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  The influence of non-visual signals of walking on the perceived speed of optic flow

Thurrell, A., Pelah, A., & Distler, H. (1998). The influence of non-visual signals of walking on the perceived speed of optic flow. Poster presented at 21st European Conference on Visual Perception (ECVP 1998), Oxford, UK.

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Item Permalink: http://hdl.handle.net/11858/00-001M-0000-0013-E82B-5 Version Permalink: http://hdl.handle.net/21.11116/0000-0005-DFEC-7
Genre: Poster

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 Creators:
Thurrell, AEI, Author
Pelah, A, Author
Distler, HK1, 2, Author              
Affiliations:
1Department Human Perception, Cognition and Action, Max Planck Institute for Biological Cybernetics, Max Planck Society, ou_1497797              
2Max Planck Institute for Biological Cybernetics, Max Planck Society, Spemannstrasse 38, 72076 Tübingen, DE, ou_1497794              

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 Abstract: We considered how non-visual signals that accompany walking might influence the visual processing of optic flow. During natural locomotion optic-flow speed is determined by walking speed in a closed-loop manner. In the experiments subjects were required to adjust the speed of an optic-flow pattern to match that of a reference flow pattern in an open-loop manner. The visual speed was matched while walking by turning a hand-held knob that controlled the presented optic-flow speed. Subjects were also required to change their pace according to a written instruction at the beginning of each trial to either 'very slow', 'slow', 'normal', 'fast', or 'very fast'. A non-motorised, self-driven treadmill simulated natural walking by allowing subjects to walk at their chosen pace. The optic-flow pattern consisted of bright rectangles expanding against a dark background displayed on a large rear-projected screen. An experimental block consisted of a 15 s presentation of a reference pattern followed by 5 test trials, one at each pace randomly ordered and matched. Results showed a consistent increase of optic-flow speed with increasing walking speeds. However, speed settings were most accurate when subjects were walking at their chosen 'normal' walking pace. We conclude that the perceived speed of optic-flow information is influenced by non-visual signals (eg proprioception) such that optic-flow speed is overestimated at lower walking speeds while underestimated at higher speeds.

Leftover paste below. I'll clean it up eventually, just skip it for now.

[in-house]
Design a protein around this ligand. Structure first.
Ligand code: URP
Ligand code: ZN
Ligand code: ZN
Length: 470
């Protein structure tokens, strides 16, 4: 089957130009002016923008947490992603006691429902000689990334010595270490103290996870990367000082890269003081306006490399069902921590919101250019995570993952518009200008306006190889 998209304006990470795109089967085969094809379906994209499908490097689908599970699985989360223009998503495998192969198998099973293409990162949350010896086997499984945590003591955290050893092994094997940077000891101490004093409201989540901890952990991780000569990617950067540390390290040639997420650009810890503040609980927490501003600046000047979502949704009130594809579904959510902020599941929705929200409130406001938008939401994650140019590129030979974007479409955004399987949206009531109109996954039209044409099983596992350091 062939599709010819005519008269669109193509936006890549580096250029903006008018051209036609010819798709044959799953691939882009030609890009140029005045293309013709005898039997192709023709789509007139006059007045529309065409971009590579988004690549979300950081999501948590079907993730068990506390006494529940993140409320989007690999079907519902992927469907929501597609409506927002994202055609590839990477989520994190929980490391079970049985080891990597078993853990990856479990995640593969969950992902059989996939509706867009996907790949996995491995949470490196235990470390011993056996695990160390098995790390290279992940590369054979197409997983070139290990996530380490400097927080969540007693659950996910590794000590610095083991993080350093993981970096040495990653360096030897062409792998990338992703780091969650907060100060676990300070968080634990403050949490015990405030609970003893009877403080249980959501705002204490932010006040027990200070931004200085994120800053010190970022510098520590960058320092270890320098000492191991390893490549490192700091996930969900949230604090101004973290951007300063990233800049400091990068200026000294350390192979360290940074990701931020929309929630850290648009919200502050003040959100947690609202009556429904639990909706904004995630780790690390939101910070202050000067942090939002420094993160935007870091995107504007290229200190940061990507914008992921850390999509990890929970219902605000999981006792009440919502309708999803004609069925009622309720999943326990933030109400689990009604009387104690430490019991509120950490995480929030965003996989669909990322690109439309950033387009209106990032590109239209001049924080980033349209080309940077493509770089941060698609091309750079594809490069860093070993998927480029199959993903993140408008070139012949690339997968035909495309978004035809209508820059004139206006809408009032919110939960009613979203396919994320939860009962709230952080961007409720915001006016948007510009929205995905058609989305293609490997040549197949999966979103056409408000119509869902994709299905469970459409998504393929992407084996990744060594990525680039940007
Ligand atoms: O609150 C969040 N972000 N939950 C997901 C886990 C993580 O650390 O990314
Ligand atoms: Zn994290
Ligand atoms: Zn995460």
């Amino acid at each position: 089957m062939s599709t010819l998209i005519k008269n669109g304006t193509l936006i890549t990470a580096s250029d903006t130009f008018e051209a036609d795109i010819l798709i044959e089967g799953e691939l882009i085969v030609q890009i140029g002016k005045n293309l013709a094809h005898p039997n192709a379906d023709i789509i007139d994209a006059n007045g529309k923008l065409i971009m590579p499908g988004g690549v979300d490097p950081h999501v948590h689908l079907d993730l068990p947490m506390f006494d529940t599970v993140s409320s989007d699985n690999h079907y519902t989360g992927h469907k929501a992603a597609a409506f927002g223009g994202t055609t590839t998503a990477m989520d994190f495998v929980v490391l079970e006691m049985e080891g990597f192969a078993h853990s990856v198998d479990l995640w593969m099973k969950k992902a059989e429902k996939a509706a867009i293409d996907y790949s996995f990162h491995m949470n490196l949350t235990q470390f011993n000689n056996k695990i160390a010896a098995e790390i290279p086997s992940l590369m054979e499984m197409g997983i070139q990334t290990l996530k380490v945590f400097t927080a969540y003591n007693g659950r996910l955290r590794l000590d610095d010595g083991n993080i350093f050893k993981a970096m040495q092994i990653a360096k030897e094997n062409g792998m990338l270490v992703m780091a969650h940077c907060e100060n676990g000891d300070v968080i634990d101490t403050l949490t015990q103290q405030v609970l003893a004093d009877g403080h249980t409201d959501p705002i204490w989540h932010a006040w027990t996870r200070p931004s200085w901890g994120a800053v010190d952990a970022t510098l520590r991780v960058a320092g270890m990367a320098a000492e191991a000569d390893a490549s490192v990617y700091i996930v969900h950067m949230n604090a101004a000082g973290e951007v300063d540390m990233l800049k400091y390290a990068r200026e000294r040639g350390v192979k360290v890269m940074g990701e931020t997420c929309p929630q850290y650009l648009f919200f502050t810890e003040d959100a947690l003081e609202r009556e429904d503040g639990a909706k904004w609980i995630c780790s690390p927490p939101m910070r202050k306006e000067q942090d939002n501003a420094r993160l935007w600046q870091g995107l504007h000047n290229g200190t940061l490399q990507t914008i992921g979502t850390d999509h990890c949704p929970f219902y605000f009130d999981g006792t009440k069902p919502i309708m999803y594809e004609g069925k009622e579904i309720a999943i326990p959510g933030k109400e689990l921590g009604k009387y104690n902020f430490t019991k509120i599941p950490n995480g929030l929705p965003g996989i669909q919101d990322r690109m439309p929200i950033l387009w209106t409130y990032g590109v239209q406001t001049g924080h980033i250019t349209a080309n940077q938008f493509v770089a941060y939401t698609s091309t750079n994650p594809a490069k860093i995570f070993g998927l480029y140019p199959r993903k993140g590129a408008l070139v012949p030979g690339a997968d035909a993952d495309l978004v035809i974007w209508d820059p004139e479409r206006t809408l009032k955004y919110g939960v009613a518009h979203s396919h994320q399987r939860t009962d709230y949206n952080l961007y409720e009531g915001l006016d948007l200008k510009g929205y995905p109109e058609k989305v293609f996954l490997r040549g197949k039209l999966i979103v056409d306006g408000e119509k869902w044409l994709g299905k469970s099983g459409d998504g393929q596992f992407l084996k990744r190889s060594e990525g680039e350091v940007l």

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 Dates: 1998-08
 Publication Status: Published in print
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 Rev. Type: -
 Identifiers: BibTex Citekey: ThurrellPD1998
DOI: 10.1177/03010066980270S101
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Title: 21st European Conference on Visual Perception (ECVP 1998)
Place of Event: Oxford, UK
Start-/End Date: 1998-08-24 - 1998-08-28

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Title: Perception
Source Genre: Journal
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Publ. Info: London : Pion Ltd.
Pages: - Volume / Issue: 27 (ECVP Abstract Supplement) Sequence Number: - Start / End Page: 147 Identifier: ISSN: 0301-0066
CoNE: https://pure.mpg.de/cone/journals/resource/954925509369